• Bayesian filter - A Bayesian filter is a program that uses Bayesian logic, also called Bayesian analysis, to evaluate the header and content of an incoming e-mail message and determine the probability that it constitutes spam.
  • beaming - In infrared transmission, beaming is the communication of data between wireless devices using a beam of infrared light.
  • behavior-based security - Behavior-based security is a proactive approach to managing security incidents that involves monitoring end user devices, networks and servers in order to flag or block suspicious activity.
  • bifurcation - In the biometric process of fingerscanning, a bifurcation is a point in a finger image at which two ridges meet.
  • bimodal IAM (bimodal identity access management) - Bimodal identity and access management (IAM) uses two forms of credentials, internal and external, as a method of authentication.
  • BinHex - BinHex is a utility for converting (encoding) Macintosh files into files that will travel well on networks either as files or e-mail attachments.
  • biometric payment - Biometric payment is a point of sale technology in which a customer submits biometric data, such as a fingerprint, to authorize the deduction of funds from a bank account.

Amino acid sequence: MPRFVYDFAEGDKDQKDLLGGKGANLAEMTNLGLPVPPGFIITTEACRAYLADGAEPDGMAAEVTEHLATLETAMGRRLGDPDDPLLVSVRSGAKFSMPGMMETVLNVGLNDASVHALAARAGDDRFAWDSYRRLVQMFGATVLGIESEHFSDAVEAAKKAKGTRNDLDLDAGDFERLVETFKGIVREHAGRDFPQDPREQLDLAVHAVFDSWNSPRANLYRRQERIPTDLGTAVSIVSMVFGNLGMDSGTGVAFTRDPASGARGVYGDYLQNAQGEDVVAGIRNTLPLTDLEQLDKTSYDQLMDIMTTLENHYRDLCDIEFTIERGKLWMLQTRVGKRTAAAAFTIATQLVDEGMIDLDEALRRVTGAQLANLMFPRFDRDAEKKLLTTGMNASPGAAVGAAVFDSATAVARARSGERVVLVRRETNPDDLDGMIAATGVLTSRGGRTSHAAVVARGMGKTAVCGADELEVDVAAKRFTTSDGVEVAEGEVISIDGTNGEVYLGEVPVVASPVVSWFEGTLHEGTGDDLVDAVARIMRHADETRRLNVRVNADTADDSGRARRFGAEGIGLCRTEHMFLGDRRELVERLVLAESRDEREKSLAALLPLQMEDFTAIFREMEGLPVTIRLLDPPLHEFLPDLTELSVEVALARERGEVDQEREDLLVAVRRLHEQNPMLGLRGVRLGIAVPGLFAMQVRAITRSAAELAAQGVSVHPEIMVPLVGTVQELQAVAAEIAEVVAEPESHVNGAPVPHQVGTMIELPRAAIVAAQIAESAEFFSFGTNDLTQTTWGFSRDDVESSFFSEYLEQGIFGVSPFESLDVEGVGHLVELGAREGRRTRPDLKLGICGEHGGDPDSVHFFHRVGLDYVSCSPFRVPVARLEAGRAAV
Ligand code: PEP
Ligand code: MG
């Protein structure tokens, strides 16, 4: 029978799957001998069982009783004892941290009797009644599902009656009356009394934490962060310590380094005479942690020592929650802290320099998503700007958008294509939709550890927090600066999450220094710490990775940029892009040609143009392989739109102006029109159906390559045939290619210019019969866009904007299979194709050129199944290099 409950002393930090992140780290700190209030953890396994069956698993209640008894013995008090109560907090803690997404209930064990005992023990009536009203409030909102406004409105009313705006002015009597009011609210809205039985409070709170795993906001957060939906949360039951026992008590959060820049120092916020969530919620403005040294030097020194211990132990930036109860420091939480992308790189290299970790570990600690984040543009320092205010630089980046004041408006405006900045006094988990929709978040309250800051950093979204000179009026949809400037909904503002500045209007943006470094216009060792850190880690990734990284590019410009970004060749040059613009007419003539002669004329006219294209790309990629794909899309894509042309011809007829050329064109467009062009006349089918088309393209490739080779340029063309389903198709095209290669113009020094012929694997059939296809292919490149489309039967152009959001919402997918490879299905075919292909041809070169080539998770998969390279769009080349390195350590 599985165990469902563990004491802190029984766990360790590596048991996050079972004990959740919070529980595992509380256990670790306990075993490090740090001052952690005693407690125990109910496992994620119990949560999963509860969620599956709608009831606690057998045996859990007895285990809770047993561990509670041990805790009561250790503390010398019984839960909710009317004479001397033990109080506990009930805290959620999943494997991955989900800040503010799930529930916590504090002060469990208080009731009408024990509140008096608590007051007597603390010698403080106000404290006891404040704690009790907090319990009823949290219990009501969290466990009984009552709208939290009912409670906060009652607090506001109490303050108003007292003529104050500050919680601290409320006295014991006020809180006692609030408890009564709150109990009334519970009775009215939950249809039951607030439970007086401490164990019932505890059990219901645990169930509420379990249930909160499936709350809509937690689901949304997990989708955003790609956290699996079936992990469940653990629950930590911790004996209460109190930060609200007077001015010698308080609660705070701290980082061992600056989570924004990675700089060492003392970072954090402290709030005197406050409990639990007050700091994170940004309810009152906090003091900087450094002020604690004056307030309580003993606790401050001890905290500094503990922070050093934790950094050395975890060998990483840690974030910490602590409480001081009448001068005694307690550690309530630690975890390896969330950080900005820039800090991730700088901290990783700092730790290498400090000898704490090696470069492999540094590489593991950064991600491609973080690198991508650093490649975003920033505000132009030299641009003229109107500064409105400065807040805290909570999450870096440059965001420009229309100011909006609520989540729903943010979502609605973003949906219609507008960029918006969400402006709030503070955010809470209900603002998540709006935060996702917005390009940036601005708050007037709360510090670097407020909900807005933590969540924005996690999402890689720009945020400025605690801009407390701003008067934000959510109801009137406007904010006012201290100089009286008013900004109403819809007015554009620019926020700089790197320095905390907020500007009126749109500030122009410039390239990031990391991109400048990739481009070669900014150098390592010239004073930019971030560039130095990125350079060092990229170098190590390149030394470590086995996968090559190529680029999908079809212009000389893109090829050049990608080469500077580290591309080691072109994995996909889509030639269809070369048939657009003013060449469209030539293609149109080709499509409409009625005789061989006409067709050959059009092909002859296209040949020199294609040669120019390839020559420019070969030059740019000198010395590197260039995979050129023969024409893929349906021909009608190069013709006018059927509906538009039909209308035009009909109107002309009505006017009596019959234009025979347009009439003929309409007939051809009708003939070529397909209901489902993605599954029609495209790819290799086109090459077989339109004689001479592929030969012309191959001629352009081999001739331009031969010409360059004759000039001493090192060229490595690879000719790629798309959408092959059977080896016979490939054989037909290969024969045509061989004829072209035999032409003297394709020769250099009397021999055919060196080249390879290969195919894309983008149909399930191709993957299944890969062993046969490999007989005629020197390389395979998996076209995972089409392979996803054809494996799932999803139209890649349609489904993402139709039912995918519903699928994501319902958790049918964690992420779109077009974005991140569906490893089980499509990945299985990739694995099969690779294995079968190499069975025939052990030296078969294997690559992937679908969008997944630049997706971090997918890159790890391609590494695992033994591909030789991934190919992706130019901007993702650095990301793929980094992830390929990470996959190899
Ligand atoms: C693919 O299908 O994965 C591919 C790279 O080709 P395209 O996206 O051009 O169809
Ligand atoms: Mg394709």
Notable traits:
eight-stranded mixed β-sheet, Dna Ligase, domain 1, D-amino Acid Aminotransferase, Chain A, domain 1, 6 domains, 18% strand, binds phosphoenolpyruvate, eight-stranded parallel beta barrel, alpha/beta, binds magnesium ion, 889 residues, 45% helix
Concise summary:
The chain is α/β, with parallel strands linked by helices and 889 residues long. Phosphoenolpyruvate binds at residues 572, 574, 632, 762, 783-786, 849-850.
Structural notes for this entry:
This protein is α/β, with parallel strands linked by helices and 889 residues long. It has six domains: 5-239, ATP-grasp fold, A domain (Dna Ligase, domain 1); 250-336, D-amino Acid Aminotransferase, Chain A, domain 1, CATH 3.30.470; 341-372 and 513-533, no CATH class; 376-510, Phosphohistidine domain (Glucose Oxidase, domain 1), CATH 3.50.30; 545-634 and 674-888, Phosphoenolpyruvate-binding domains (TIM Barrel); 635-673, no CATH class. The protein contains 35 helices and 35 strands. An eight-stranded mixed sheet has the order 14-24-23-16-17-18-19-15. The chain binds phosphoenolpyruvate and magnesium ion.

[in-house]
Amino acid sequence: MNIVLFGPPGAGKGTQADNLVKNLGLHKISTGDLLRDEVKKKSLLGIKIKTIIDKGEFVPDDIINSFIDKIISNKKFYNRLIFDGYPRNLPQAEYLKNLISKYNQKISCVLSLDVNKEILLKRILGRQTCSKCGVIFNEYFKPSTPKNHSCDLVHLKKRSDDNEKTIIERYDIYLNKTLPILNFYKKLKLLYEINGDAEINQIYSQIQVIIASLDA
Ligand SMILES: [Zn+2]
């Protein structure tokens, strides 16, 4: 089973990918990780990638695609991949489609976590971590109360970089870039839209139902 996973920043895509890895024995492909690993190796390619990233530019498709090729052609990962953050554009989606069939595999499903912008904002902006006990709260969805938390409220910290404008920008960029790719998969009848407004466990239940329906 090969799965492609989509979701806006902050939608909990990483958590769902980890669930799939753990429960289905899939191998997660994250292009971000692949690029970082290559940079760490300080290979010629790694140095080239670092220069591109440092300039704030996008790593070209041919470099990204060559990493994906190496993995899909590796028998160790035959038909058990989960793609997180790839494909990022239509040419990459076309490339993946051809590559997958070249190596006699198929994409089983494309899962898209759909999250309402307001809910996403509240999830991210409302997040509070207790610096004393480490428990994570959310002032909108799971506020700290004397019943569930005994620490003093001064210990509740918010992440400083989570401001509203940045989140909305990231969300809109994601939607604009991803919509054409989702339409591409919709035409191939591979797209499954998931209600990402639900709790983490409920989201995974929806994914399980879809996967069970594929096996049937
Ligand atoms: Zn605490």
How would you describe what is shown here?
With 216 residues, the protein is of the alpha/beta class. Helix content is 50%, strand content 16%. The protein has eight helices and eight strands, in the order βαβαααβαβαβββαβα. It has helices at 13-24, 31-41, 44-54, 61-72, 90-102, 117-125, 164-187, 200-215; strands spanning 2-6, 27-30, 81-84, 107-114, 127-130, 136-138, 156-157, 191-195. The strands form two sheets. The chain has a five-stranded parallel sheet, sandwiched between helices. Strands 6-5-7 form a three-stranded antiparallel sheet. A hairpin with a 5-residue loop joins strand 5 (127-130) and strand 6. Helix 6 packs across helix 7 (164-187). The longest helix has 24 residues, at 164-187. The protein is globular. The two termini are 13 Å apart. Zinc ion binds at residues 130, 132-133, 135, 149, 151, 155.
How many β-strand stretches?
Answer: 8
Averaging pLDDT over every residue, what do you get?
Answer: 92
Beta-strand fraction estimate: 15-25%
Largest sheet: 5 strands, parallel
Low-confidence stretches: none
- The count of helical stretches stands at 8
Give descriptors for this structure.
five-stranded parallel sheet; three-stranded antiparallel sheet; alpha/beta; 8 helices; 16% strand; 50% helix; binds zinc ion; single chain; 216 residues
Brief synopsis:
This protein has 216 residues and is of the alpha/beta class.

• biometric verification - Biometric verification is any means by which a person can be uniquely identified by evaluating one or more distinguishing biological traits.
  • BIOS attack - A BIOS attack is an exploit that infects the BIOS with malicious code and is persistent through reboots and attempts to reflash the firmware.
  • BIOS rootkit - A BIOS-level rootkit is programming that exists in a system's memory hardware to enable remote administration.
  • BitLocker - BitLocker is an operating system-level extension to Vista that combines on-disk encryption and special key management techniques.
  • black hat - Black hat refers to a hacker who breaks into a computer system or network with malicious intent.
  • blended threat - A blended threat is an exploit that combines elements of multiple types of malware and perhaps takes multiple attack vectors to increase the severity of damage and the speed of contagion.
  • block cipher - A block cipher is a method of encrypting text (to produce ciphertext) in which a cryptographic key and algorithm are applied to a block of data (for example, 64 contiguous bits) at once as a group rather than to one bit at a time.